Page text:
The matter concerning the existence of the soul has perplexed mankind for centuries. To believe in the reality of such a concept provides a certain sense of joy and security for theistic and atheistic groups alike. Indeed mans potential immortality is a most bewildering and extensively enlightening matter, and would prove most desirable if true. In this article I do not wish to do away with the notion of everlasting life, such a claim would be impossible to make in this current age (if it were to have any credibility to it at least). The matter that concerns me now is that of the metaphysical claims of religion upon the existence of a soul and how they are most likely to be fallacious. For the sake of space we shall confine ourselves merely to the texts of Christianity in this argument.
It is a commonly known and well regarded fact that there have been uncountable opportunities (many of which have been taken) when the texts in the Bible have been either tampered with, to serve a corrupt individuals own purposes, or removed all together from the sacred book to leave nonconflicting doctrine which suits the needs of the church in an economical and political sense, not a spiritual one. One of the most famous cases of this was at the Council of Nicaea in 325 A.D when many texts where rejected from what would become the Bible and a vote was taken upon the nature of Christ’s divinity (not, as Dan Brown claims in The Da Vinci Code, upon his divinity). Texts rejected from these councils and other such gatherings include anything that claimed Jesus was more man than deity, such as the Gospel of Phillip which rejected Christ’s divine conception and other miracles such as the resurrection which are essential to the Christian faith. The fact that there was contradiction among the gospels, with only four qualifying for publication in the book of books, suggests that something strange is afoot. The Vatican secret archives are a modern day example of Biblical inaccuracy, no doubt containing thousands of documents which contradict the Canon, the archives are one of the main reasons the Vatican became its own independant state.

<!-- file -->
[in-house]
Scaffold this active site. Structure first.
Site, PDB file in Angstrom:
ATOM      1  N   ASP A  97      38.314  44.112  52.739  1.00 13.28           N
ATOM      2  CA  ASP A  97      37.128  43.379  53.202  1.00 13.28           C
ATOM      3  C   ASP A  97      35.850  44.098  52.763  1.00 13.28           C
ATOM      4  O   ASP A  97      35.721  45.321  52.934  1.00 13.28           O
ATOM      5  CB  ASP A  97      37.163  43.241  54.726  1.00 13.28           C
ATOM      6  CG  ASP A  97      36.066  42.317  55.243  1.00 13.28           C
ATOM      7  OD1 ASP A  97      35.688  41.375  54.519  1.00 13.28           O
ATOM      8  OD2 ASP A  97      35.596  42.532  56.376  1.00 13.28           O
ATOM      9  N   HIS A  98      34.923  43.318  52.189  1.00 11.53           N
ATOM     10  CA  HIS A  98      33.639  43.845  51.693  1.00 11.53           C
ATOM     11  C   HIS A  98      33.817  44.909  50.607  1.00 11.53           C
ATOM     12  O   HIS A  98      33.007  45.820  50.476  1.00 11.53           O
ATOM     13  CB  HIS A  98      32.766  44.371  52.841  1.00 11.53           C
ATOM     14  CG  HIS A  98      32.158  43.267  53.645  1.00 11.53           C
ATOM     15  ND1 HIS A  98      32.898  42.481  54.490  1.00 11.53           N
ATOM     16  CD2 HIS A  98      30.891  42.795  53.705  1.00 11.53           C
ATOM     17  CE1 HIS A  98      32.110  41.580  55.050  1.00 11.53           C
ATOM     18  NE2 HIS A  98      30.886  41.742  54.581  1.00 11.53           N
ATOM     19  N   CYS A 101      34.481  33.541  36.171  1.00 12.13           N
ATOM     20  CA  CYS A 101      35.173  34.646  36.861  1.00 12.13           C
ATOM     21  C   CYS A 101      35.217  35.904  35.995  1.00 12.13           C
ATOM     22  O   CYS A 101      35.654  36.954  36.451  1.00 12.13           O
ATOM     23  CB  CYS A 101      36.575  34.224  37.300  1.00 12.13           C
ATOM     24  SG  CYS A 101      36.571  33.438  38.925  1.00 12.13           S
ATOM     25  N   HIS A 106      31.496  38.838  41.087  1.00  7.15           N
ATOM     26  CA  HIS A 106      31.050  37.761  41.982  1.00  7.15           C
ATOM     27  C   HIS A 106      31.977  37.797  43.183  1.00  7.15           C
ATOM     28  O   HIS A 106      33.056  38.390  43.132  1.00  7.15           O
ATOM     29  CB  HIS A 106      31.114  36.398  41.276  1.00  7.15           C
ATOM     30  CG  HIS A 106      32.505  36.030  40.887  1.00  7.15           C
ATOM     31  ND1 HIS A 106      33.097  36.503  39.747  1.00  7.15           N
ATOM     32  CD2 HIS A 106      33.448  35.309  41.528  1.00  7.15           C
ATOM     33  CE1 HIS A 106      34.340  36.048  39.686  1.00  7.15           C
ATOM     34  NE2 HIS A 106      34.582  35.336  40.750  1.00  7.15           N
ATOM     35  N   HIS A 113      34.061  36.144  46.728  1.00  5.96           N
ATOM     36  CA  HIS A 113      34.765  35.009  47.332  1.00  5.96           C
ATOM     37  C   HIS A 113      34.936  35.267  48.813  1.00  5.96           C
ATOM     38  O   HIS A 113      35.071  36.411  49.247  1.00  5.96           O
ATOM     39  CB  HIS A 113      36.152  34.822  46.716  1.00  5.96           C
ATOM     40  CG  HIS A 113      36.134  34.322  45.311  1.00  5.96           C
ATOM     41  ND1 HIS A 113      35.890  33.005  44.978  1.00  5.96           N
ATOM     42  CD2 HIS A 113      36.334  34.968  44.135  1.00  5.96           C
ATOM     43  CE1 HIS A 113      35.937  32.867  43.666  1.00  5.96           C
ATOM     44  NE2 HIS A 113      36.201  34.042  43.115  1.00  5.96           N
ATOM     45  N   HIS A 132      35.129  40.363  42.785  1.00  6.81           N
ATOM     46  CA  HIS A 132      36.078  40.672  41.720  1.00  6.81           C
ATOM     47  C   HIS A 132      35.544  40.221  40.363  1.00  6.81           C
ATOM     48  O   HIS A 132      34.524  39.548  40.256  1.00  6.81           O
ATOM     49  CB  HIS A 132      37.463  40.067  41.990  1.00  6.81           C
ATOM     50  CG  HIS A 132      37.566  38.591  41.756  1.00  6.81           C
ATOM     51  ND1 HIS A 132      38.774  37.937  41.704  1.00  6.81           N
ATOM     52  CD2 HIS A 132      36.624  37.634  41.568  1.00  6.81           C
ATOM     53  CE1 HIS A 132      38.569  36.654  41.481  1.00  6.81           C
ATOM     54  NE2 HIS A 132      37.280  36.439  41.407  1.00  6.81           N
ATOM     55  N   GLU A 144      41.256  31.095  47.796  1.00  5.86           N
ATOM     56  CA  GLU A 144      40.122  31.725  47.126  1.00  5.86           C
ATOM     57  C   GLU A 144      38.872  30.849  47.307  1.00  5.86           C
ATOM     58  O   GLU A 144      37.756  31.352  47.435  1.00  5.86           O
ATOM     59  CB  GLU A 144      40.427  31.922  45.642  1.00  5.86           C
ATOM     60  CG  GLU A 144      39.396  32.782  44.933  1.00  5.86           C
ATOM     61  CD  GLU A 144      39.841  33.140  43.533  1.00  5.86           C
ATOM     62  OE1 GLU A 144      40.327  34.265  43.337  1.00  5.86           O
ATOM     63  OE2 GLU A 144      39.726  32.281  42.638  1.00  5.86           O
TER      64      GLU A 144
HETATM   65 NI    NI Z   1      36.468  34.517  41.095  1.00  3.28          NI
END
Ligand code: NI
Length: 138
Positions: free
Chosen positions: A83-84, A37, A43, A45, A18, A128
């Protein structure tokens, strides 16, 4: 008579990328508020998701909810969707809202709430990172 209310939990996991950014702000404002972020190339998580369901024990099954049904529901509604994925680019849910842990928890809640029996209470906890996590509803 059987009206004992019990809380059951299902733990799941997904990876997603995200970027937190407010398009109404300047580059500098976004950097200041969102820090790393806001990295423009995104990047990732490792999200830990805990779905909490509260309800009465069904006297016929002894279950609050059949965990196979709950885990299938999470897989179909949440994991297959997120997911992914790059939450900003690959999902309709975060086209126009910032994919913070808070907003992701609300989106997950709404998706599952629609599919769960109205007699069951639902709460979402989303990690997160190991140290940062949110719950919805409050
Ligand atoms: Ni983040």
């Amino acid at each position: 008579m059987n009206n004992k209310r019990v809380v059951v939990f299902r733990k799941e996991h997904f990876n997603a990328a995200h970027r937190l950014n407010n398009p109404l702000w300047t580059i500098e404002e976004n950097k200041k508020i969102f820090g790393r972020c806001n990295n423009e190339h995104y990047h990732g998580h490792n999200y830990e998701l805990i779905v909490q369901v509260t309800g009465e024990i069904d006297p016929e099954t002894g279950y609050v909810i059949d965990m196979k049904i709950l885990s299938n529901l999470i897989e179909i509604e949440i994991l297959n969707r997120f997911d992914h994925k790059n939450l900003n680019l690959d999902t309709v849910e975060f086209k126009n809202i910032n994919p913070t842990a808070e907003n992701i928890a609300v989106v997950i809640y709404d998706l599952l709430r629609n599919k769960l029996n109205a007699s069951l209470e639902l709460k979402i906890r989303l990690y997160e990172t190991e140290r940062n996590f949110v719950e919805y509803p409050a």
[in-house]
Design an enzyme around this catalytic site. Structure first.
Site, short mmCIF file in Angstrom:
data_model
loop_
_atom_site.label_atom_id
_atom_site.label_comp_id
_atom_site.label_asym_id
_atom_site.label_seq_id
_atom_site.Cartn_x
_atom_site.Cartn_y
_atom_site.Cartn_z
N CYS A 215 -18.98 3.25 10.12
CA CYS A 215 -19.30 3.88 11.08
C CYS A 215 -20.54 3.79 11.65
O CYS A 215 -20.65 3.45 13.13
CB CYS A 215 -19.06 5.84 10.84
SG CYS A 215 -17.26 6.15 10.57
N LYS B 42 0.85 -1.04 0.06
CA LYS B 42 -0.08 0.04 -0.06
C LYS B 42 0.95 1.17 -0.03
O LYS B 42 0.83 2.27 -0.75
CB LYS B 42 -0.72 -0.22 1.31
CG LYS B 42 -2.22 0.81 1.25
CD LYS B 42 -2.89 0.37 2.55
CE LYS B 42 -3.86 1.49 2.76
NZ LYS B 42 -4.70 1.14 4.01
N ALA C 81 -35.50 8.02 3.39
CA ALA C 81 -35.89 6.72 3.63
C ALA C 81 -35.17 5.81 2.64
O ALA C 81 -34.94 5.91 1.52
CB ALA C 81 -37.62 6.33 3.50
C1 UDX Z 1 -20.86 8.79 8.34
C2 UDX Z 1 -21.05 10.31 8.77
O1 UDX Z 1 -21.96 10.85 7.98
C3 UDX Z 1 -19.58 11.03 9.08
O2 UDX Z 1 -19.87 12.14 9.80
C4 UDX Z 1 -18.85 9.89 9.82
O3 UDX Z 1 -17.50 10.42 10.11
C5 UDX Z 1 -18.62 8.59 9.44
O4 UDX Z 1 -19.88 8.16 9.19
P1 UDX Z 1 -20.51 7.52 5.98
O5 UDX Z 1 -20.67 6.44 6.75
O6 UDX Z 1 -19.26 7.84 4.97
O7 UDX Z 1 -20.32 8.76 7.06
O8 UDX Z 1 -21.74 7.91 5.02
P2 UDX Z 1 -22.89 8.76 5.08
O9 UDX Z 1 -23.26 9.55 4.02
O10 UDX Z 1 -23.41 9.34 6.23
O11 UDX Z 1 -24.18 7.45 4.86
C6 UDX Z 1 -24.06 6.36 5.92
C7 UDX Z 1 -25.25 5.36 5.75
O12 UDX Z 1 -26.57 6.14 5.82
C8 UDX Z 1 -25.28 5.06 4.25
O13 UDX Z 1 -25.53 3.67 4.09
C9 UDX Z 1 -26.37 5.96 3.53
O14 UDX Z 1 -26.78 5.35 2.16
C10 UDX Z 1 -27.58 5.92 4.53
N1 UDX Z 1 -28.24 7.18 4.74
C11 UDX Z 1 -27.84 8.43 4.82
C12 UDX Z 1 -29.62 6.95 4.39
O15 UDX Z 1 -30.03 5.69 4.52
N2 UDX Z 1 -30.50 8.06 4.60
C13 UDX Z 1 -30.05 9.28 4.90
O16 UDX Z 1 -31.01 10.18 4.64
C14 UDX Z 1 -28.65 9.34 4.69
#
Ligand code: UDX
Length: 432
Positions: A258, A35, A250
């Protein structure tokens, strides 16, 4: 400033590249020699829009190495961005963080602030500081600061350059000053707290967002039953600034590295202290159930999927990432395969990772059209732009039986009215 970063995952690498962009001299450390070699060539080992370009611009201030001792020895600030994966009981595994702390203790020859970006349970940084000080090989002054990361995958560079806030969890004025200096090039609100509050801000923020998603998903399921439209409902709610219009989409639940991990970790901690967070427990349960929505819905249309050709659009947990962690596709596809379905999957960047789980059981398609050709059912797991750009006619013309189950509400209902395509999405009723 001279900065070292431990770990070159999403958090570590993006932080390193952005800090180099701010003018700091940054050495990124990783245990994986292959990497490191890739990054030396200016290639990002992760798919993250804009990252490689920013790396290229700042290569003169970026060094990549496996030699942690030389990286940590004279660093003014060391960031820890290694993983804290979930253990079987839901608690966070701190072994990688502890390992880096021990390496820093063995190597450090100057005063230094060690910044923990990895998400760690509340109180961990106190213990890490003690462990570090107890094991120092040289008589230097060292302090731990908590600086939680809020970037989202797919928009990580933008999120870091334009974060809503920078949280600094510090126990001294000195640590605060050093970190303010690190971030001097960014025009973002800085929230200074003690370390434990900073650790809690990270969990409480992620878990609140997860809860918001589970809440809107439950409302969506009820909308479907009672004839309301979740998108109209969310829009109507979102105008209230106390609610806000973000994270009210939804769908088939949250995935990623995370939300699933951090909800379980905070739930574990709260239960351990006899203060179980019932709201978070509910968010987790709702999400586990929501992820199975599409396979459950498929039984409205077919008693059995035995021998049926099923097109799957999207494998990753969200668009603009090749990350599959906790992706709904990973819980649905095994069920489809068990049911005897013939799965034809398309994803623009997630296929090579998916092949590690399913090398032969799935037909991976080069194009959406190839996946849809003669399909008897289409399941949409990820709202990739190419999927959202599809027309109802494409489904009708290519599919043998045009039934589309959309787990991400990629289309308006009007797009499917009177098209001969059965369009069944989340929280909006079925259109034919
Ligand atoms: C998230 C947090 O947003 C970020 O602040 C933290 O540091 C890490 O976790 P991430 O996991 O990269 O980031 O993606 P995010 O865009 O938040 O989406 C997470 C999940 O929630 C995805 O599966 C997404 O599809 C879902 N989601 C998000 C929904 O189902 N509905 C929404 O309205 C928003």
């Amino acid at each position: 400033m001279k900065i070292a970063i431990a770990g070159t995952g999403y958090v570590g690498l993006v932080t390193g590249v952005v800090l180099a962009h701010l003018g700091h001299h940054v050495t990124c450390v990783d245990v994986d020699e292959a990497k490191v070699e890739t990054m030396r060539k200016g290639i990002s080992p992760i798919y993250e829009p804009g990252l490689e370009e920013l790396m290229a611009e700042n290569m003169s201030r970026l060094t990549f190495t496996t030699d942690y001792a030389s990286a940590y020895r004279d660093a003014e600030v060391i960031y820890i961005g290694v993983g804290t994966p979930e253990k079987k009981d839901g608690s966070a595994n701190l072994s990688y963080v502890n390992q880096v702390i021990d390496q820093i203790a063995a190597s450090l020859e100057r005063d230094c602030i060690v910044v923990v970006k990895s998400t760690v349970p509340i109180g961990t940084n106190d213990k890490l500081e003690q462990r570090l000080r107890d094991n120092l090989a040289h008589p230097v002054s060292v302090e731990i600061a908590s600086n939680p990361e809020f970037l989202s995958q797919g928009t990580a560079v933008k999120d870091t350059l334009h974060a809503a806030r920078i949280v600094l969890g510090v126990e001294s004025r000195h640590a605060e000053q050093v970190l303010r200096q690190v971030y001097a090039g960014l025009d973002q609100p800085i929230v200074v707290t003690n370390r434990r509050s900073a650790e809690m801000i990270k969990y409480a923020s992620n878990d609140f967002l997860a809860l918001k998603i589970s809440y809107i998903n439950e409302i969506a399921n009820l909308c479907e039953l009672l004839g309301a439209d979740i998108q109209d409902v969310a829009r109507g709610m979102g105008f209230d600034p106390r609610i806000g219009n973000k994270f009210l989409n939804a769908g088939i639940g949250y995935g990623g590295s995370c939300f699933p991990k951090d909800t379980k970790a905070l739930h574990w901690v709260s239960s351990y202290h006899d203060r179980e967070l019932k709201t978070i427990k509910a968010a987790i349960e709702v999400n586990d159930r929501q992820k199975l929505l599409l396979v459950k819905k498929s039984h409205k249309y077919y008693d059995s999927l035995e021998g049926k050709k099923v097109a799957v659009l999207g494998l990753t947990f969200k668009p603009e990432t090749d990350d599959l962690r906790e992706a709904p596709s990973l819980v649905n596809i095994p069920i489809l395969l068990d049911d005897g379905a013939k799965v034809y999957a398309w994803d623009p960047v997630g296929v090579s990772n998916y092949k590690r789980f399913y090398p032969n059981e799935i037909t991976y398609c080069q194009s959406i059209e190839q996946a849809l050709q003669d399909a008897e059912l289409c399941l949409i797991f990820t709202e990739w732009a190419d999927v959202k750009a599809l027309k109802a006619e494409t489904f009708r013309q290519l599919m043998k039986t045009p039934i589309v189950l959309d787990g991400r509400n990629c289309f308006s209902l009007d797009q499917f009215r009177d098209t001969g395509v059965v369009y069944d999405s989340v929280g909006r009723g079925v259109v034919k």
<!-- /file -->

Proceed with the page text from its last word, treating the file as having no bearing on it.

Many more examples of corruption in the Church could be given but so extensive is the list that we would be here for years upon end. It is clear that the religion we know today as Christianity is completely artificial and manmade and hence, although it’s teachings of agape can help society to function, it’s metaphysical claims are almost entirely based on manipulated scripture selectively chosen from a vast and extensive array of documents. Would we base a scientific theory on such evidence? Of course not, such theories would be regarded as preposterous and those who suggested otherwise would be ridiculed. The matters concerning the soul, as far as Christianity goes, are based purely on inaccuracy, superstition and rumour.
Let us imagine a scenario: a Christian theologian opens up a human skull and looks in upon the brain, a biological computer and arguably the most complex structure known to mankind. Whilst staring at this awe inspiring wonder the theologian thinks to himself: “I wonder what is responsible for such mysteries as conciseness and freewill?” He eventually puts it down to a metaphysical entity which no one has ever seen or that has ever been scientifically (or mathematically) documented in a reliable manner. Why? Because that’s what scripture tells him. I have no doubt that that same man, if he had not been exposed to Christianity, would not have reached that same conclusion without the influence of his corrupted documents. It is clear that the only conclusion that could possibly be arrived at with any certainty is that the brain is responsible for such mysteries, not an invisible and immortal soul.
I wish to make it clear to the reader however that, although I hope they see the illogical nature of the soul when based upon Christian metaphysics, I do not believe that the possibility of existence after biological death is ruled out in any way whatsoever; simply because one theory is inaccurate it does not mean that all theories concerning the proof of a soul are and will be so. It is possible that an intelligence not dissimilar to God exists with the power to reconstruct our minds or even with the power to give us immortal souls. However, such a claim must be based upon reliable proofs, reason combined with logic and scientific evidence, not ancient texts whose truths have been entirely distorted over the centuries.